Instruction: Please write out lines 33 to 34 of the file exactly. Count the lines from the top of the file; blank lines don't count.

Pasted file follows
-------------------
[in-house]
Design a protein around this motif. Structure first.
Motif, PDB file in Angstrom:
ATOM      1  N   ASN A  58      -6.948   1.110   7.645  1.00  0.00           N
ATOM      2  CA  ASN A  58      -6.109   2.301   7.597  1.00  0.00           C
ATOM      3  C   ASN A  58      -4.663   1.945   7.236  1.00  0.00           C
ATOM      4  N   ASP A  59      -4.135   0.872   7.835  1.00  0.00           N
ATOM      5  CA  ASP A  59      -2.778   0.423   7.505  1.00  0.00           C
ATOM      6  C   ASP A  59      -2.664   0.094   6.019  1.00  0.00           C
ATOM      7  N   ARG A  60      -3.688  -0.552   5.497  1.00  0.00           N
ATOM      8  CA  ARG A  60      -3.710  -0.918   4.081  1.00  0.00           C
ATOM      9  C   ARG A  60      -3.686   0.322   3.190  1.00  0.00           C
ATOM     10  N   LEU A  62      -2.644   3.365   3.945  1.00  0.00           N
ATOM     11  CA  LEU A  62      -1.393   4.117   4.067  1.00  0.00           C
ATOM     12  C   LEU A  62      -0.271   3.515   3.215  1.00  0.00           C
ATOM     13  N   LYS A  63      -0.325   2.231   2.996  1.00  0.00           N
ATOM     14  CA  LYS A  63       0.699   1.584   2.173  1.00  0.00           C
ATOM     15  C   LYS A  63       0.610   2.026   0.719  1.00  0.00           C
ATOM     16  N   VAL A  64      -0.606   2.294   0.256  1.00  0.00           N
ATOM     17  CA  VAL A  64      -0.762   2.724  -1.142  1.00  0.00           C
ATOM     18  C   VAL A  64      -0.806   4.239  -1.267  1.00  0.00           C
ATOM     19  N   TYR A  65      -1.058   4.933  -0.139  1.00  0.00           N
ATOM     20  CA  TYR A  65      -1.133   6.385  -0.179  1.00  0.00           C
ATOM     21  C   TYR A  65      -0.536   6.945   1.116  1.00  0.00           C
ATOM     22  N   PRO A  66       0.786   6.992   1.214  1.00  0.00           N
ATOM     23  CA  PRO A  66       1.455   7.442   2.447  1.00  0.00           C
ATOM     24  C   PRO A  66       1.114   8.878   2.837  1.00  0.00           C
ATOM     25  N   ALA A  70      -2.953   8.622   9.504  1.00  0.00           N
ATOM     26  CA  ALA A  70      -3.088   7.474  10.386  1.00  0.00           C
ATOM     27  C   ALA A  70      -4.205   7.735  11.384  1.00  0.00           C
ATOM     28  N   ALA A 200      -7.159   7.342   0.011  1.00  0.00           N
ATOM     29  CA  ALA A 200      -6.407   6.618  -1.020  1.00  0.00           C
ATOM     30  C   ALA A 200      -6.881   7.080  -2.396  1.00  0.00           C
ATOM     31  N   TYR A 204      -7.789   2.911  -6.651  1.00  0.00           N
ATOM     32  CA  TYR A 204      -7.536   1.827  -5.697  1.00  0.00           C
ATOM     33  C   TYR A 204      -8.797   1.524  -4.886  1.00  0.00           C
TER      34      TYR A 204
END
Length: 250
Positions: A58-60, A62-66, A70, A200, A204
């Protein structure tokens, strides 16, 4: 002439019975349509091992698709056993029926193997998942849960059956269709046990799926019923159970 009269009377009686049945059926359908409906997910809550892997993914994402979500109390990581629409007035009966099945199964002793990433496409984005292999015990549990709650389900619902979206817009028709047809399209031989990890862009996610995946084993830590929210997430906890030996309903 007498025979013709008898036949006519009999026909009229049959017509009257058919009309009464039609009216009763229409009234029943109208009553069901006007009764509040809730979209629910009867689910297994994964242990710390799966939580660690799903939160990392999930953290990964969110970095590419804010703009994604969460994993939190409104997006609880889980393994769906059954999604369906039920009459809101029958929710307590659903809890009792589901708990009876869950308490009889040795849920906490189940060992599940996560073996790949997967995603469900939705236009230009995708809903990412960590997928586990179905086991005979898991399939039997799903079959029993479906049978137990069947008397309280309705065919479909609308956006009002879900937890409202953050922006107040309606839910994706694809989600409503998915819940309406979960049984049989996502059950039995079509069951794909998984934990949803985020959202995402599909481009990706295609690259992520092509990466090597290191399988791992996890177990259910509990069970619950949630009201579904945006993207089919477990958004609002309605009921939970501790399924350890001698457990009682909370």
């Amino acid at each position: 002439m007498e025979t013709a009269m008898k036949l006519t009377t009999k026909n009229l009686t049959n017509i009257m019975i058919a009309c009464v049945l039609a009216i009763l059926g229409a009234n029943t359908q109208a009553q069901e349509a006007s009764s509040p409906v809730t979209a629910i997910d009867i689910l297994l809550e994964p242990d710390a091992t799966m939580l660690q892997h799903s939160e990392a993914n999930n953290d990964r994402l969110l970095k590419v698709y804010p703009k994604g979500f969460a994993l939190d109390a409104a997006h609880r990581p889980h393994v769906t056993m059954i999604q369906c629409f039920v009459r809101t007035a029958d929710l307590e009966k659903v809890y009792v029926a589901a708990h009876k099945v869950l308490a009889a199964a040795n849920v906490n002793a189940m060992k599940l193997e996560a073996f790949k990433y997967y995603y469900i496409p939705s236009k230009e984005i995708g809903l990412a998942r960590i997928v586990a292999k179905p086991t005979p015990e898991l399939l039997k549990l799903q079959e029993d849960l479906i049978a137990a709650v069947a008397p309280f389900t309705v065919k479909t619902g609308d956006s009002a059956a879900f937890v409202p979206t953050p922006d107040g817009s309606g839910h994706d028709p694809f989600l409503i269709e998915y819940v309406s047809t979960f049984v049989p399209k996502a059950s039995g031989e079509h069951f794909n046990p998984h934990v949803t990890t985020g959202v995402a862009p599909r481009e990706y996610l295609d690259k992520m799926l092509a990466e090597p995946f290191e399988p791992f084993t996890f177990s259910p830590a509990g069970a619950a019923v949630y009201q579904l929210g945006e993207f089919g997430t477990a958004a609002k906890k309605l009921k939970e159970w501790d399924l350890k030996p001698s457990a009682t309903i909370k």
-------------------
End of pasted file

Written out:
ATOM     30  C   ALA A 200      -6.881   7.080  -2.396  1.00  0.00           C
ATOM     31  N   TYR A 204      -7.789   2.911  -6.651  1.00  0.00           N